During our lego explorations we built models of challenges that people with disabilities and marginalized groups face in community, we made models of how Good and Bad Citizens act, and we built models of how to help people feel welcome and know they belong in community.
The experience helped participants empathize, share stories, build knowledge and create solutions around how to support marginalized people and groups to be welcomed and valued as important citizens in our communities. Often we find that the journey in and of itself is the goal of these Lego Serious Play explorations. We can’t solve complex social issues in a one day workshop, but if people walk away with a new perspective to apply when relating to people in community, empathy for others and some practical ideas to try out then that is a win and can have a ripple effect.
h“I was struck by the way the lego exploration helped a diverse group to collaborate and problem solve tricky issues together. It was like a mini model of healthy civic engagement the way it should be. I want to remember that and do more of that in my work and community.”
“When are you going to do another one of these, this was really good”
“The day, the atmosphere, and the methods we used made it so that you didn’t need to have a pre-existing awareness or knowledge of how to help and support marginalized people. Together, we kinda figured out decent courses of action and strategies to make healthy communities.”
” I felt heard and had fun!”
“I liked building the models and sharing ideas, I think people learned that someone with a disability is just like anyone else and wants to belong”
More pics in the gallery at the bottom of the page.
4. We Engaged with End Poverty Yeg
After the lego explorations, Ward Antoniuk and Dallas Dyson of End Poverty Yeg joined us and asked for feedback from our collective on the 28 recommendations developed by citizens and End Poverty Yeg to end poverty within a generation in Edmonton. End Poverty Yeg is a noble initiative and aims to advance a vision of shared prosperity for all and create a city where every Edmontonian has an equal opportunity to live, work, participate and thrive.
The 28th recommendation was one that many in the room felt we had to get involved with and engage in.
28th Recommendation: CHANGE THE CONVERSATION: BUILD A MOVEMENT TO END POVERTY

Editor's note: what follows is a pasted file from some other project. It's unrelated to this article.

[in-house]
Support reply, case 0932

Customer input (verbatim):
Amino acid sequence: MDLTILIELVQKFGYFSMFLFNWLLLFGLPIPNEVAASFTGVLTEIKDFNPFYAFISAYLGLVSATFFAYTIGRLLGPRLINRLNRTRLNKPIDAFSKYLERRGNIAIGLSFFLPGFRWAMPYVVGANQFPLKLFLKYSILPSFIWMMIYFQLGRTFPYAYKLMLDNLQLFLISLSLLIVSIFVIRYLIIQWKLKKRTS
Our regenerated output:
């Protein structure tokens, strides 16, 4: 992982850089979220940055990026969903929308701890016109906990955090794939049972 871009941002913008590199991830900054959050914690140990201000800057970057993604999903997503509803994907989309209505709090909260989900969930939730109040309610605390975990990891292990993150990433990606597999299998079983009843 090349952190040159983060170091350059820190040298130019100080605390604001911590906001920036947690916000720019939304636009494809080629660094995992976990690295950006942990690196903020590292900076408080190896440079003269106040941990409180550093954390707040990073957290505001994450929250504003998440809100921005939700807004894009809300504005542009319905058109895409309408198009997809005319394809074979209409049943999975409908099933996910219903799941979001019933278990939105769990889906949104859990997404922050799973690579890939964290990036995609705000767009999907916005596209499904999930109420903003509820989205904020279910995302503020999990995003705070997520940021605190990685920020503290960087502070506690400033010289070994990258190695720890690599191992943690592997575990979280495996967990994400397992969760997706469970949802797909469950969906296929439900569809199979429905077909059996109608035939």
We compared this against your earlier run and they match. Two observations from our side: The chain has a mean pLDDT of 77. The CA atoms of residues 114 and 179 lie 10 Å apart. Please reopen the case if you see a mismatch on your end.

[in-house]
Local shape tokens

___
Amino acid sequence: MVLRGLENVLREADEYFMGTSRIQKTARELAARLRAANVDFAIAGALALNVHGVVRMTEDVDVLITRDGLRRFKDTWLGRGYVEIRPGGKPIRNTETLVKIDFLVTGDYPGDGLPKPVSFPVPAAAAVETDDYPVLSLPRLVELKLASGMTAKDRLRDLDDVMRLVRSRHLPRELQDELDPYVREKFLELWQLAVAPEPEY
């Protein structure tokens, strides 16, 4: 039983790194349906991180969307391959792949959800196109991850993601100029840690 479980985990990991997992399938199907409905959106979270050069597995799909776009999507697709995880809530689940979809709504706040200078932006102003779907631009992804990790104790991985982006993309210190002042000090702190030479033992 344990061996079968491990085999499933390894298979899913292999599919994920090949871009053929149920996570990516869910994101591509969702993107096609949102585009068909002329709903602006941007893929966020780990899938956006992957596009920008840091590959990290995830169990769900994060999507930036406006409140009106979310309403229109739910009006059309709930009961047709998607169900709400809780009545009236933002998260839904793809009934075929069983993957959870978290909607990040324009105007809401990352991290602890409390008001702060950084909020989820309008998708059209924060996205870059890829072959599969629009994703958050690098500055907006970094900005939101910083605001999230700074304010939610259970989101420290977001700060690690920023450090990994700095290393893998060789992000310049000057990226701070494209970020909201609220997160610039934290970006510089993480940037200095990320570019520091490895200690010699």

Launch a collaborative broad-based community engagement and education initiative to change people’s attitudes about poverty
Look at all the recommendations here
We saw that there could be lots of room for people that Skills supports, employees, and our allies to get involved in the work of addressing poverty.
Now what, so what?
Something that often happens from inspiring explorations like the Impact Day, is that people go back inspired but quickly forget the learning they could apply in their life, practice, work.
So, we’re offering a few suggestions of action steps to keep the momentum going around strengthening vibrant communities.
Call to Action Possibilities
- Sign up and get involved with End Poverty Yeg; poverty is more than a financial issue; there can be poverty of belonging and being valued as a citizen
- Try one of the ideas in the bullet points above on ways to strengthen community
- Send us a Citizen Speak picture and quote on what engaged citizenship means to you. It will be posted on our award winning Project Citizenship website. Examples here (Send to firstname.lastname@example.org)
- Get involved with the CommuniTEA Infusion project as a volunteer or paid community builder next spring
- Share this post with people, colleagues and friends that should hear about ways to strengthen vibrant communities
- Make a community-building idea happen through Make Something Edmonton. Anyone is welcome
- Do something nice for a neighbour and in return ask them simply to pay it forward to someone else